Wednesday, 23 September 2015

Narrative - Initial Story Idea

This is a very rough base idea that I discussed with the team earlier, we have Love, In the Toy Shop and No Cuts.

I thought it might be a nice idea to show the love aspect in a different way, so instead of it being a love story perhaps it could be a story about a person who is making the toys for the shop, they loved doing it as a child and put loads of attention and care into each toy they made. However as time passes they lose their way a little bit and stop putting all the love and care into each toy and start mass producing boring toys that don't do well for the shop. This causes the shop to lose customers and become deserted, the person sees an old toy they made and realises that they love wasn't being put into their work anymore. They change their method and have fun with making toys again, which in turn gets the shop back up and running.

It could be done as a time lapse kind of video, as we have the No Cuts edit style, so maybe we could circle the person as they work, watching them slowly lose their way and then finding what makes them happy.


  1. Like how it's not a generic love-story, however the plot you're going for at the moment seems similar to your Script-to-Screen project! :^o

    1. That is actually very true, I will get some different ideas flowing, but I definitely want to stay away from a generic love story.

  2. Hi Charlie - something for the group to think about re. really 'using' the no cut element as a proactive driver of your story:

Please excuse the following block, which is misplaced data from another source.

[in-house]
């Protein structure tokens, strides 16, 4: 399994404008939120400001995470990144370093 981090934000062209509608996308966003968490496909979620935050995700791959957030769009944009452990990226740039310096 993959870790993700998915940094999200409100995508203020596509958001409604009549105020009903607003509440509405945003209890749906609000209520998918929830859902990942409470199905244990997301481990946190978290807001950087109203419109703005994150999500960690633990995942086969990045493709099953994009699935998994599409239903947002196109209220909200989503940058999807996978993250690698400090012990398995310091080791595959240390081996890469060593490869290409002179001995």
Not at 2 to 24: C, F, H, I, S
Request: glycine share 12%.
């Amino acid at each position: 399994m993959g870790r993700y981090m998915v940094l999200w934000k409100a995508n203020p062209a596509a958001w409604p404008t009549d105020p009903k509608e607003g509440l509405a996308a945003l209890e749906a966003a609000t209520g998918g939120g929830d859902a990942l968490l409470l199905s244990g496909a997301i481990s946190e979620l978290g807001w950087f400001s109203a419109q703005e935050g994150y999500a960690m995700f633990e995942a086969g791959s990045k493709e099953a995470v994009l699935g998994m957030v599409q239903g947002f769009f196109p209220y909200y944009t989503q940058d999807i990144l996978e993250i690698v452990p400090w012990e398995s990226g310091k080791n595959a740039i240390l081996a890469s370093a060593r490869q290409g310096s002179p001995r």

check out this film from a CAA student from a few years back:

    Okay - so it's not continuous, but my point is that you could use the uninterrupted shot to reveal more of your story as more of the story world itself is revealed - so a tracking shot that goes from a small detail (in this instance the cosy nostalgia and homeliness of the photos etc) to reveal that all is not what it seems (in this instance, that the room is a bomb site and that perhaps the occupants of that cosy homestead are victims of the war). In other words, it is the 'un-interruption' of the camera move itself that is 'telling' the story or rather 'changing' the story. So, in very simple terms, the set-up the audience is presented with first is gradually changed/challenged/modified by the addition of more information as the camera takes in more of the scene/environment or whatever. I can likewise see how, if this camera movement was completely circular, you could lend new and special significance to the origin point of the film: so put very simply again, the animation begins by showing us something - an object/character/set-up - about which we make a bunch of assumptions; then, as the camera 'narrates' more of the story (literally showing us more stuff in the scene that we weren't privy to before), our assumptions are tested, changed, challenged, and then, by the time the camera circles back around to rest once more on the original object/character/set-up, everything we thought we knew is different - and it's the camera that has pushed us through those moderations of understanding; I think the key to this is ensuring the camera is a proactive storyteller.

    Also - just because you've got 'love' doesn't mean that it has to 'feel' like a love story; things can take a tragic or 'unrequited' turn: consider this early animation from another former student of ours:

    Your setting is a toyshop - so you might want to explore the love that one toy has for the characteristics of another, sort of forbidden or doomed love - I don't know - the tin soldier who is in 'love' with the ballet dancer in the music box, only actually the tin soldier is actually in love with ballet and wishes he could wear the tutu! (playing against audience's expectations of these kind of 'toy box' style stories). You'll be familiar with this story already:

    Because of Toy Story etc. the idea of 'living toys' is well trodden ground, but perhaps because it is so well-trodden you can set up audiences expectations in order to subvert them (via your continuous/circular tracking shot) - and actually tell a more transgressive or startling story?

    Main point - using the camera proactively as an agent of your 'unfolding' story...